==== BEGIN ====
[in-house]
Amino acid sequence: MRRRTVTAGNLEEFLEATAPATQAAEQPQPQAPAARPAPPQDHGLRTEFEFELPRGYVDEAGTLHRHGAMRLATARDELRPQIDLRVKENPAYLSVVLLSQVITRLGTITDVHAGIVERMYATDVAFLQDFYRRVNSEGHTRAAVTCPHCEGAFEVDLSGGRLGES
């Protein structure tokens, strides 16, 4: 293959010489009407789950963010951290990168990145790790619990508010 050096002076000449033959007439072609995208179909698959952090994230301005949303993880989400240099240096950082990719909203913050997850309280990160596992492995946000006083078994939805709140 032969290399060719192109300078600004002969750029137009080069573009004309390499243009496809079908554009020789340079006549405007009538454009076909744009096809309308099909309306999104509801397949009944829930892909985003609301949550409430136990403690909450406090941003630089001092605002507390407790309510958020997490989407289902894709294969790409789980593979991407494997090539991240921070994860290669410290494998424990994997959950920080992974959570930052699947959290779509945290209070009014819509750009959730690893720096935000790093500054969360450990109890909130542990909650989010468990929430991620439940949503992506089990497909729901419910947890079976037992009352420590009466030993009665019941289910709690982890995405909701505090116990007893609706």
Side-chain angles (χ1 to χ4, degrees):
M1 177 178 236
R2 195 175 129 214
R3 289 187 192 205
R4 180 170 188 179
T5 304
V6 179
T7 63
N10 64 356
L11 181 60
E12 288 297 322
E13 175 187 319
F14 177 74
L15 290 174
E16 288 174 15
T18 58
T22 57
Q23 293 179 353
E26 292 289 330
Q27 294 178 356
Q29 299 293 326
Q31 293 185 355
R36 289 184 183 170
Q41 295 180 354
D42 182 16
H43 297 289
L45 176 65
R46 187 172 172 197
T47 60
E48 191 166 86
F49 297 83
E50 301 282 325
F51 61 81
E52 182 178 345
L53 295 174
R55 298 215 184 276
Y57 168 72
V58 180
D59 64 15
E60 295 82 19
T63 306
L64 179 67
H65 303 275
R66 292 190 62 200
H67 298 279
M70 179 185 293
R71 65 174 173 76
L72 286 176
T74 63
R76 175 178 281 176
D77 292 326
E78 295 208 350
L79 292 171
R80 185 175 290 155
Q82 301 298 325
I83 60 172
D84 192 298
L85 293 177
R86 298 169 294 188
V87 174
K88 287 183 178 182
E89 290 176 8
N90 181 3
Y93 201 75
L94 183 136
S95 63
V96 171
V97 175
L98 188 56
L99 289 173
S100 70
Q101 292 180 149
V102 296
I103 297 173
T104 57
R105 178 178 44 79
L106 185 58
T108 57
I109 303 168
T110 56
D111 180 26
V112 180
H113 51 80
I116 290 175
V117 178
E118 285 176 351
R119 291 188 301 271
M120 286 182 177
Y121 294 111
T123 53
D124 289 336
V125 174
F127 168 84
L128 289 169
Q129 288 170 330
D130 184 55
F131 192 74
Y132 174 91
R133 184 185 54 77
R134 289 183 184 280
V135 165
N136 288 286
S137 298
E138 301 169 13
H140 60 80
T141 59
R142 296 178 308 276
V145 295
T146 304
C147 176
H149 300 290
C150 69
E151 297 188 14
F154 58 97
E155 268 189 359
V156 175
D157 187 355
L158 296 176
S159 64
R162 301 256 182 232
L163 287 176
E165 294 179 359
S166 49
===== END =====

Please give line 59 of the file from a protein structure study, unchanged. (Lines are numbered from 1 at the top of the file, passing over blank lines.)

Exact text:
I83 60 172